1. The fact that the farm is open to visitors for 7 months in a year, during the remaining months the animals are kept inside and the rides etc available to customers are not safe due to the weather situation. This is a limit which Gillian would be unable to surmount in a single years time without capital investment into building sheds and indoor facilities etc at the Holly Farm.

2. Another time constraint is the fact that Gillian and Fred found that keeping the farm open for more than the four days it is already open (Friday to Monday) is not feasible due to the low traffic during the remaining days. Also the farm workers would not be free during the three days of the week (they would be involved in the “real” farm work), so the only way to keep the farm open the entire week is through hiring extra staff which could only be justified and feasible if Gillian were able to confirm attendance/traffic at the farm during these days via school trips etc. The weekend is the peak period for Holly Farm and it is unlikely that working individuals would be willing to take farm trips during work days.

The sales forecast for 1999 shows that Gillian has prepared is highly presumptuous given that she has yet to decide how she would be increasing the number of customers on the farm. Whether she wishes to bring in more customers through coach firms or target the family and recreational travelers (who come by car). With coach firms Gillian would most likely have to offer discounts on the farm visits to the coaching firms to plan trips or revert to her old marketing tactics of giving lectures at schools and institutes and market her farm herself. The decision on whether or not to engage with coaching firms is not possible at this time because the number of passengers on each coach has not been identified, thus one cannot calculate the profits to be had from the sales of ice-cream and other produce along with the admission fees (with or without the discounts). Even if the averaged figure of one-liter ice-cream sale per two coach passengers is taken to be reliably accurate without the number of potential customers coming through the coach trips, and via cars for that matter (one liter per four passengers), choice between the options would be more moot point than proper decision making on the part of Gillian. If we were to assume that half the customers come by car and half come via coach trips than promoting coach trips would yield more benefits in terms of ice-cream sales as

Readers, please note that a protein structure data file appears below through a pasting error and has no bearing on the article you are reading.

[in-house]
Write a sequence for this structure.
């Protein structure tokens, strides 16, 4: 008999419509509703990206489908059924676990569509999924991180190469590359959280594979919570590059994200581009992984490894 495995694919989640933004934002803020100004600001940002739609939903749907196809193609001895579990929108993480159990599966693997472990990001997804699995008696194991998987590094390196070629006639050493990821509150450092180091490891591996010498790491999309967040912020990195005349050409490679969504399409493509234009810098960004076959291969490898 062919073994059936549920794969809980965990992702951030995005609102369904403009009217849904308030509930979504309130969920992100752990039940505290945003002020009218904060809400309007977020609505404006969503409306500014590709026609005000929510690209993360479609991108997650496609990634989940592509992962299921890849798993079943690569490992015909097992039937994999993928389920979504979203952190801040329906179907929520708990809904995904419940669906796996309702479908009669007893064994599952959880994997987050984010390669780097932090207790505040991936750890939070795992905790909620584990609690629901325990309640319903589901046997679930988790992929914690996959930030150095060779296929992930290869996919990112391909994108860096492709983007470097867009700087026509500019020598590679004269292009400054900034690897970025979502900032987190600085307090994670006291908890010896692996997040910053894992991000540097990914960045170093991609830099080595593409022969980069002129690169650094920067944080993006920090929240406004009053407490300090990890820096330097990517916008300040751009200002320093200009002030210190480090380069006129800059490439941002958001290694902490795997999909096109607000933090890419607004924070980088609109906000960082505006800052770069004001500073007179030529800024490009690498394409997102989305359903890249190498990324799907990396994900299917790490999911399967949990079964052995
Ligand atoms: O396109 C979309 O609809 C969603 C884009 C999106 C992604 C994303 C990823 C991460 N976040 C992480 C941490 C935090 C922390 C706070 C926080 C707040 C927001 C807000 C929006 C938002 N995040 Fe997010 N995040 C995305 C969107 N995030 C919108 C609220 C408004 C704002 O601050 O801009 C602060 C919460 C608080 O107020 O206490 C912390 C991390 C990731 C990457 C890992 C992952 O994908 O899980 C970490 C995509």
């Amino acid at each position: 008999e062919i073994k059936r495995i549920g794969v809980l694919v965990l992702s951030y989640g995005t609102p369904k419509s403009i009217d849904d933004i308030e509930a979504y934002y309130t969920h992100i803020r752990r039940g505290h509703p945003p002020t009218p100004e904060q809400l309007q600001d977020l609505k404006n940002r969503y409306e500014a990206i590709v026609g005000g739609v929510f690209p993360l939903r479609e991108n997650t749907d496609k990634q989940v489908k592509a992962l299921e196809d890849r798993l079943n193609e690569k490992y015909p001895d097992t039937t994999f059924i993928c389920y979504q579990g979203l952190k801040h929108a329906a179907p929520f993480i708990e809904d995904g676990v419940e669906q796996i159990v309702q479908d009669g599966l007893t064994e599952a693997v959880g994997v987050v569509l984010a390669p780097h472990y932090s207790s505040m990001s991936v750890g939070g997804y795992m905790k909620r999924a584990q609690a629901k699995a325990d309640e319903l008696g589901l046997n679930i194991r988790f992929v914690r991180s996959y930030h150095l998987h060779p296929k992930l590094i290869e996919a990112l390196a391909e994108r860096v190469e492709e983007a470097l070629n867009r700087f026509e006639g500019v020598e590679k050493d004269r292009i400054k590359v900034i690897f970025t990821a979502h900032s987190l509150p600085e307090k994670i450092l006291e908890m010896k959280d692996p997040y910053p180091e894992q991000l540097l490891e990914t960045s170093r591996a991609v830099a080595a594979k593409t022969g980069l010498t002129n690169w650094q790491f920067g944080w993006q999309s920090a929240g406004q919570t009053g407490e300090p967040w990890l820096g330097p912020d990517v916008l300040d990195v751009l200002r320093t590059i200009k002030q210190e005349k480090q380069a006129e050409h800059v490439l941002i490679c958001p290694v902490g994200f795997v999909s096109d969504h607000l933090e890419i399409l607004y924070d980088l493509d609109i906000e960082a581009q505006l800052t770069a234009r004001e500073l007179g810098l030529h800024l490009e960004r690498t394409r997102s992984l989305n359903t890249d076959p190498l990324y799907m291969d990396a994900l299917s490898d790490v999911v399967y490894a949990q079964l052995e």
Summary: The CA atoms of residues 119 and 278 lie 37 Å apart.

• 7400 coach trips/2 = 3700 liters of sales &
  • 7400 car travelers/4 = 1850 liters of sales

Given that 13500 liters were sold through the retail shop ($27000/$2(selling price)) this would mean that close to 41% of the sales comes through the customers on the farm. A 50% increase in the number of customers on the farm would lead to sales of $40,000 only if the number of customers at the farm window also increased by 50% which is a market not being targeted by Gillian, thus the following calculation leading to a figure of $40,000 would be incorrect as the sales would be lower (higher from the customers on the farm but when including the trend based sales through the farm window the total sales would be lower).

  • 148001.5=22200 customers
  • 11100 coach trips/2$2=$11100
  • 11100 car travelers/4$2= $5550
  • $16650/0.41 = $40,610 in sales.

School parties and trips could be a good tactic on the part of Gillian as they would ensure higher number of visitors and a larger sale of ice-cream and other products which could be made on the farm. Charging a lower admission fees for parties and retaining the catering of the party would be a good source of income for the farm and has the potential of increasing the traffic at the farm by opening a whole new target market for Holly Farms i.e. party venue.

Gillian should invest some time and effort into undertaking market research into how many schools would be willing to have parties or field trips on the farm (before offering party packages), also information on the customer tolerance for queuing (to watch the milking process) would be beneficial to Gillian in analyzing how to increase the number of customers on the farm because if the customers are not able to watch the milking process and view this as a deal breaker, they might seek out other sources of recreation and by increasing customers in the short run, Gillian might lose customers in the long run. Information on the actual number of car visitors vs. those coming through coach trips should be sought before Gillian decides on a course of action.